The often referenced “pain in the neck” is insignificant in comparison with a pain in the foot. Affecting the ligaments that support the arch and connect the toes to the heel, plantar fasciitis is extraordinarily painful. The inflammation that occurs as a result of strain and ligament tears is usually the cause of the condition. Ignoring the discomfort is not an option, and finding relief from persistent pain is essential for anyone who suffers from the condition.
Understanding the Cause
A plantar fascia that is strained responds by exhibiting pain in the heel and the sole when it feels pressure. Among the contributing factors that can stain the plantar fascia are these:
• ill-fitting shoes
• tight calf muscles
• overexertion on hard surfaces
• high arches
• tendency to roll feet inward
• flat feet
• problems with the Achilles tendon
Pain is usually most noticeable with the first steps after getting out of bed or when standing after an extended period of sitting. The heel is usually stiff and sore, resembling a stone bruise that is painful under pressure. The condition may affect both feet, but it usually shows symptoms in only one foot. Either sharp or dull, pains are readily apparent, and they get worse without treatment. A burning sensation that radiates from the heel is a good indication of plantar fasciitis.
Finding Home Treatment Options
Conservative treatments for plantar fasciitis are effective if they provide relief, and surgical options are available when conservative methods fail. Resting the affected foot can reduce inflammation, but it usually does not treat ligament damage. Arch supports and stretching exercises may provide some relief, and ice packs applied for 15 minutes at three or four intervals throughout the day are sometimes effective. Over the counter anti-inflammatory drugs are usually helpful in reducing pain. When home treatments fail, an injection of a corticosteroid is an interim step that may prove successful.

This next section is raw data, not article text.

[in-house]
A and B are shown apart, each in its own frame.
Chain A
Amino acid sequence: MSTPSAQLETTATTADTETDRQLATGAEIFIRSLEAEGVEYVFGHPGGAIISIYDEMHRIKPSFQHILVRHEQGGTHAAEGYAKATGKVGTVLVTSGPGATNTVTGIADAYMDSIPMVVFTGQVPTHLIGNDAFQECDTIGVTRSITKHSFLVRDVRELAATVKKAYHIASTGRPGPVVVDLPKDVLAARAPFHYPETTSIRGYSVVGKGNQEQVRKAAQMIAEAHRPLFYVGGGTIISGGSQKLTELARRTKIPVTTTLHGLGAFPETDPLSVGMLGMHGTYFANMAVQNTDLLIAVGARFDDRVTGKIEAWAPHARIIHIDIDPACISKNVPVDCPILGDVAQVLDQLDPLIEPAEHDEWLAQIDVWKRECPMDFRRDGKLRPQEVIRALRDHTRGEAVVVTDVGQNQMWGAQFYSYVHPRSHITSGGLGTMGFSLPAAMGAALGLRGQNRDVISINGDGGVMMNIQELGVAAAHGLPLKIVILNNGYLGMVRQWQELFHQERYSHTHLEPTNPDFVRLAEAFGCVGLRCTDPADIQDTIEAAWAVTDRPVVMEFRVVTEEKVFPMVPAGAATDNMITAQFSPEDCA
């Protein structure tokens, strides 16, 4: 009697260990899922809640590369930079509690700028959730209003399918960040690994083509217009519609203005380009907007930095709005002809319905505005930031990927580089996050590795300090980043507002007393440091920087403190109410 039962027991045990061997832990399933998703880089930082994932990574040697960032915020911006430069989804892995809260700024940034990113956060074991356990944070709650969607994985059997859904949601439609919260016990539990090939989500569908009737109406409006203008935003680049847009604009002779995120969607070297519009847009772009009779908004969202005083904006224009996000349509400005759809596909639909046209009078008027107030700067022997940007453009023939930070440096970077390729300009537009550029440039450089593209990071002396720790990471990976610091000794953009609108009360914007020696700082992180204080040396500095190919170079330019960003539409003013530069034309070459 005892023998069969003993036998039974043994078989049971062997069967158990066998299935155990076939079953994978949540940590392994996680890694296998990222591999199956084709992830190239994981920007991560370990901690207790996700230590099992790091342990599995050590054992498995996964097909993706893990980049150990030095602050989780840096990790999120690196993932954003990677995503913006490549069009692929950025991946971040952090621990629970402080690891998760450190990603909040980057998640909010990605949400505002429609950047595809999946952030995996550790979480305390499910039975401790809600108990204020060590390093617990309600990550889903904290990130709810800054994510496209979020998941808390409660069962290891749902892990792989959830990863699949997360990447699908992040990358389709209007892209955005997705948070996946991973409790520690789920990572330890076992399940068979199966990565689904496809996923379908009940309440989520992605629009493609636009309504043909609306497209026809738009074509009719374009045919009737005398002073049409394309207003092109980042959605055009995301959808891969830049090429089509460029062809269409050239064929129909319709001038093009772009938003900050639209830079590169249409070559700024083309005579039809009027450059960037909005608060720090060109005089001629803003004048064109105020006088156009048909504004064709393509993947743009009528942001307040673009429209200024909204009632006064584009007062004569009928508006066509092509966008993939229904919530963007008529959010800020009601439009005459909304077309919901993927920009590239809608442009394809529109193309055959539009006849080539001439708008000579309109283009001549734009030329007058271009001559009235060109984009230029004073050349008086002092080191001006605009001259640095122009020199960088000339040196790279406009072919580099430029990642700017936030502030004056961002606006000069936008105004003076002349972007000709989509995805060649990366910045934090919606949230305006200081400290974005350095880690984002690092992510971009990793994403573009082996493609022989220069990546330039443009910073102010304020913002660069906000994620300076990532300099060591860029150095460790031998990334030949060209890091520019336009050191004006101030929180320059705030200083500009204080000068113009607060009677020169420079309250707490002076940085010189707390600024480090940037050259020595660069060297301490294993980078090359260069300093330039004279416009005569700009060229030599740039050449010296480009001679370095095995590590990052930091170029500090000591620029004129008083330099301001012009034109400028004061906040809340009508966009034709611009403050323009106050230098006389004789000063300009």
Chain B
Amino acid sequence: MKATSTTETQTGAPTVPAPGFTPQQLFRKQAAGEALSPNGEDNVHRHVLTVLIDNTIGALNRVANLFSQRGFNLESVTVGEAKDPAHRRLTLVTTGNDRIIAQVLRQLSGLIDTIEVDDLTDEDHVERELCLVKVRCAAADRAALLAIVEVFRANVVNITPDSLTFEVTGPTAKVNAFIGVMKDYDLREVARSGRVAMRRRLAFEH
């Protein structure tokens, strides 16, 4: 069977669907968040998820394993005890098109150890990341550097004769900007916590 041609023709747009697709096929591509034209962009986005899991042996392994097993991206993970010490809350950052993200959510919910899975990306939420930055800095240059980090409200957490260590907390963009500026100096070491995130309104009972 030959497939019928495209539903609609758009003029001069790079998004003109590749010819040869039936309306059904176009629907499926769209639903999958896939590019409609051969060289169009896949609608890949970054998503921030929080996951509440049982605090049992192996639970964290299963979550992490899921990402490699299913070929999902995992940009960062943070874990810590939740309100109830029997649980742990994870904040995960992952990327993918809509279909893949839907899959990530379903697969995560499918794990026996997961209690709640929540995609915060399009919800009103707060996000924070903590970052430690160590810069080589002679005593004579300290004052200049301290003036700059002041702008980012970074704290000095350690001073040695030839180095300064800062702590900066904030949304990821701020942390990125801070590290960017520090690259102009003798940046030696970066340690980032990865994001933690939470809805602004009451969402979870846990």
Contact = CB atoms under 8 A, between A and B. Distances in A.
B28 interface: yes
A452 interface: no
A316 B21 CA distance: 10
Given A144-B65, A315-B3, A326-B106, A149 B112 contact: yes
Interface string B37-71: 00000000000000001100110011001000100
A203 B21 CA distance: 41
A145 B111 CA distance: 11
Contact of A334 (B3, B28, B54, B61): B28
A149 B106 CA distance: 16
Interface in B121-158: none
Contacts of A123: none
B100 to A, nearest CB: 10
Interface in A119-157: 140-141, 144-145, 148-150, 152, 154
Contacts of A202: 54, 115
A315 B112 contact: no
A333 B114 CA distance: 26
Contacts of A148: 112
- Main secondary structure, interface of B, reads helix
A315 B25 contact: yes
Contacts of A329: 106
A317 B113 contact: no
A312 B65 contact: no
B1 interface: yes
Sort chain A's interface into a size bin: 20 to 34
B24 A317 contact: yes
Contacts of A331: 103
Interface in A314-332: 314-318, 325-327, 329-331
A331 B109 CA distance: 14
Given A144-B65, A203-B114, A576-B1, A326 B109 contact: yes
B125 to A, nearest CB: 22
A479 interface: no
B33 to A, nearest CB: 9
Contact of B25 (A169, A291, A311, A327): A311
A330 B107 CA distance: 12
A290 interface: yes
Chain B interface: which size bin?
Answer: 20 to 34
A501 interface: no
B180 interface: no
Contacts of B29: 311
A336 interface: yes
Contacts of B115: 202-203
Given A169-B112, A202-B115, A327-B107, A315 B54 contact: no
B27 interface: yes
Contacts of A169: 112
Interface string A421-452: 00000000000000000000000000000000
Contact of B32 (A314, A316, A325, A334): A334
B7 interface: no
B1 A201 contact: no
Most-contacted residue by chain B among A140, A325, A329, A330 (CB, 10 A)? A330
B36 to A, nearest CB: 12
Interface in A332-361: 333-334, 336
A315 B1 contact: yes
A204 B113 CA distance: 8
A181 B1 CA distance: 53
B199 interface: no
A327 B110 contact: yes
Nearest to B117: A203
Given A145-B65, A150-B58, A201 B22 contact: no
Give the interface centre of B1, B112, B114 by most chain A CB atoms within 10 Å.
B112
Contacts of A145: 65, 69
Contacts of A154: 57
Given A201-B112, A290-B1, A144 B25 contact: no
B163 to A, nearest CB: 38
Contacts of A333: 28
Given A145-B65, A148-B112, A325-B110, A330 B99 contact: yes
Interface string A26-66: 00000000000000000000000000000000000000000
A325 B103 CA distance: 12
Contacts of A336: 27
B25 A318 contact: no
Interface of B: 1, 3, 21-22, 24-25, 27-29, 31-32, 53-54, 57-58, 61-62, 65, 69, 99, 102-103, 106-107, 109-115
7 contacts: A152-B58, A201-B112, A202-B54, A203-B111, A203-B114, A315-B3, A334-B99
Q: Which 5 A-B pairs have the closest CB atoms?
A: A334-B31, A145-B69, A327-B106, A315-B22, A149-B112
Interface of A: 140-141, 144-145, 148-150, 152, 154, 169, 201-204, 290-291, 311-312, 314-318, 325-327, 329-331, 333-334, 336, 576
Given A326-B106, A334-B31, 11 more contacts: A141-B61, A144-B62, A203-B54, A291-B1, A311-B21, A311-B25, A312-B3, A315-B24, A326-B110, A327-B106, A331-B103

Choosing a Medical Procedure
Doctors may suggest using Extracorporeal Shockwave Therapy (ESWT), a treatment that involves directing sound waves at the heel in order to stimulate it and heal the affected ligament. A noninvasive procedure, the treatment requires no incision and promotes a patient’s return to normal activities sooner than is possible with surgery. Topaz is a medical procedure that may or may not require an incision so that a doctor can direct radio frequency energy with a wand to treat the painful condition.
The field of podiatric foot and ankle surgery is devoted to the diagnosis and treatment of disease, deformity, and injury of the foot and ankle for children, adolescents, and adults. This complex area includes the toenails, skin, muscles, tendons, ligaments, bones, and joints. Treatment provided by podiatrists includes both medical care and interventional and non-interventional surgery.
Our feet have a complex interrelation with the rest of the body, which means that it may be the first area to show signs of serious conditions such as diabetes and cardiovascular disease. A podiatrist is often the first to detect symptoms of these disorders – becoming an important link in the health care team.
Our offices provide the full-range of podiatric care – from diagnostic testing services to nonsurgical and surgical treatment to the molding and fitting of corrective orthotics.
Arthroscopic and Endoscopic Surgery
- Heel spur syndrome (plantar fasciitis)
- Removal of bone spurs
- Joint injuries
Reconstructive Bone and Joint Surgery
- Hammer toe correction
- Hi-arch feet
- In-toeing and out-toeing feet
- Joint replacement
- Malalignment problems
- Treatment of neuromas
- Bone lengthening
- Removal of bone spurs
- Bone tumors
- Flat feet correction
- Gait analysis
- Overuse injuries
- Foot orthotics
Inflammatory and Degenerative Conditions
- Fractures and dislocations
- Puncture wounds/foreign bodies
- Tendon injuries
- Charcot joint reconstruction
- Neurosensory and motor testing
- Skin grafts
- Ulcer care
- Treatment of infections
- Benign and malignant skin lesions
- Wart removal (traditional and laser therapy)
- Ingrown toenails
- Skin and toenail fungus
- Toenail and callous care
We also fit patients for foot orthotics for a range of conditions – such as leg length problems, bone and joint deformities, heel spur syndrome (plantar fasciitis), and diabetic foot problems.
Our office does take care of brachymet.
As you know, brachymet is a shortened metatarsal bone located just behind the toe joints.
From a surgical standpoint, we make a “cut” in the short metatarsal and apply an external fixator. Over time, we make adjustments to the external fixator to slowly lengthen the metatarsal out to the desired length. The process is called “callus distraction.” Once we achieve the desired length, the external fixator is removed and we slowly allow you to transition to weight bearing.
I hope this answers your question.
We have added a blog to the website so Dr. Perez and Dr. Griffith can share tips, common problems, and the latest medical techniques for the foot and ankle. This will also enable you to share your thoughts as well. We are looking forward to your comments and questions. Stay tuned.